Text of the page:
$14 million to extend the benefits of advanced tele-communications technologies to underserved communities
Twenty-eight nonprofit organizations–including local school systems and state, local, and tribal governments–in 22 states were awarded a total of $14 million in Technology Opportunities Program (TOP) grants from the Commerce Department’s National Telecommunications and Information Administration. These grants, matched by $14.8 million in contributions from the private sector and state and local organizations, extend the benefits of advanced telecommunications technologies to underserved communities and neighborhoods. The awards will fund projects such as streaming video to ill children, creating new tools for vision screening in schools, and online oversight of charitable organizations.

$15 million to help states study technology’s impact on student achievement
U.S. Secretary of Education Rod Paige on Nov. 10 announced that nine states–Arkansas, Iowa, Maine, North Carolina, Pennsylvania, Tennessee, Texas, West Virginia, and Wisconsin–will share $15 million in grants to conduct rigorous, scientific evaluations of how technology impacts student achievement in elementary and secondary education, which in turn will assist other states and school districts with evaluating their own educational technology programs.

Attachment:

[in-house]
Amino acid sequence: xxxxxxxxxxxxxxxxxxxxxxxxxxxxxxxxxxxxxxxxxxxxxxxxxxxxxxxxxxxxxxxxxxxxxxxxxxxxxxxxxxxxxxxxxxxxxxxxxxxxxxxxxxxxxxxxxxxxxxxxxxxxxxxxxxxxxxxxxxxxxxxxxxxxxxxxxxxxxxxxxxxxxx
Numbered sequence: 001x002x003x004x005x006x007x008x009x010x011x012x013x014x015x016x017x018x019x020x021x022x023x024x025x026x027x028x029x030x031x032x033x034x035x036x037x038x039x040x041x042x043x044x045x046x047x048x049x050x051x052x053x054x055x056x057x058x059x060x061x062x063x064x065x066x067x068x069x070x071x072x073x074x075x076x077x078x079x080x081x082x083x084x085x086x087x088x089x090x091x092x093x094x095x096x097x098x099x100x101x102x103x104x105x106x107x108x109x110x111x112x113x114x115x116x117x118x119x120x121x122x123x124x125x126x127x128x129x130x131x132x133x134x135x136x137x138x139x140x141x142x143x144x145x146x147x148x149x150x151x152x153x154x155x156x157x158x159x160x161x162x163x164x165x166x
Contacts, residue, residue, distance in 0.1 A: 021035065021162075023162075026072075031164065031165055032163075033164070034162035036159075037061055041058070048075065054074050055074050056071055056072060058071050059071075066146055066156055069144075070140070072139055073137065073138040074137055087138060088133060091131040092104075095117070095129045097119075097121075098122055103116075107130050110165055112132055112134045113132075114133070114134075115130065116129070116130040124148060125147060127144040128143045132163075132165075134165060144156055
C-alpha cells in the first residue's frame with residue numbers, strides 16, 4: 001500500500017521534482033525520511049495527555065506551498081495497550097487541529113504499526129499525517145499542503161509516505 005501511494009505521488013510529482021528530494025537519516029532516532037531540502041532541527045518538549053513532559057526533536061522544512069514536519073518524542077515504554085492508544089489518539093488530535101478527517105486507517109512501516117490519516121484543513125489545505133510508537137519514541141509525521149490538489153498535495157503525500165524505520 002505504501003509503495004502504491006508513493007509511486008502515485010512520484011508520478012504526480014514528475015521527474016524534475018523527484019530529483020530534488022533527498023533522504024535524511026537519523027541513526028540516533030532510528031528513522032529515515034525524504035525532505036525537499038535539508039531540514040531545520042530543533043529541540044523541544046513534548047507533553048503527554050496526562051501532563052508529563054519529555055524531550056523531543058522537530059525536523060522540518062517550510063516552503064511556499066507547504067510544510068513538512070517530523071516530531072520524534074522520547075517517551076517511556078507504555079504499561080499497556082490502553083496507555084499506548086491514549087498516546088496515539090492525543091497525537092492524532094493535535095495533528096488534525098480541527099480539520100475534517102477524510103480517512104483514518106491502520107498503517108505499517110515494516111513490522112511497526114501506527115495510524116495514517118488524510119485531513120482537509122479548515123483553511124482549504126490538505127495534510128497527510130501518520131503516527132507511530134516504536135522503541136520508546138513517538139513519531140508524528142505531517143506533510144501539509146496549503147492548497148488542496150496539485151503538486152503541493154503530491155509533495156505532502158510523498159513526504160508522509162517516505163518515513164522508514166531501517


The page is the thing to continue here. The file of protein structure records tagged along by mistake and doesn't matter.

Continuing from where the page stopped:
The competitive, three-year grants are part of the No Child Left Behind Act’s Enhancing Education Through Technology program and are intended to increase states’ ability to design, conduct, and acquire high-quality evaluations of educational technology, department officials said.

$2.1 million to support minority colleges and universities
Hewlett-Packard Co. has given the Thurgood Marshall Scholarship Fund more than $2.1 million in ProLiant servers, notebook PCs, and other technology equipment and services. The donation will be used to improve educational opportunities for minority students by providing a world-class information systems infrastructure for the fund’s 45 public historically black colleges and universities, company officials said.

HP technology will support member schools’ eMail services for student and faculty communications, a prioritized area of need identified by a majority of the 45 Thurgood Marshall academic institutions.

“HP’s technology gift will help our 45 member schools to cross the digital divide and allows our member schools to more effectively compete with better-endowed institutions in preparing their students to succeed in the 21st-century workforce,” said Dwayne Ashley, president of the Thurgood Marshall Scholarship Fund.

Besides hardware products and installation services, HP also is providing Microsoft Windows technical support services, the company said. http://www.hp.com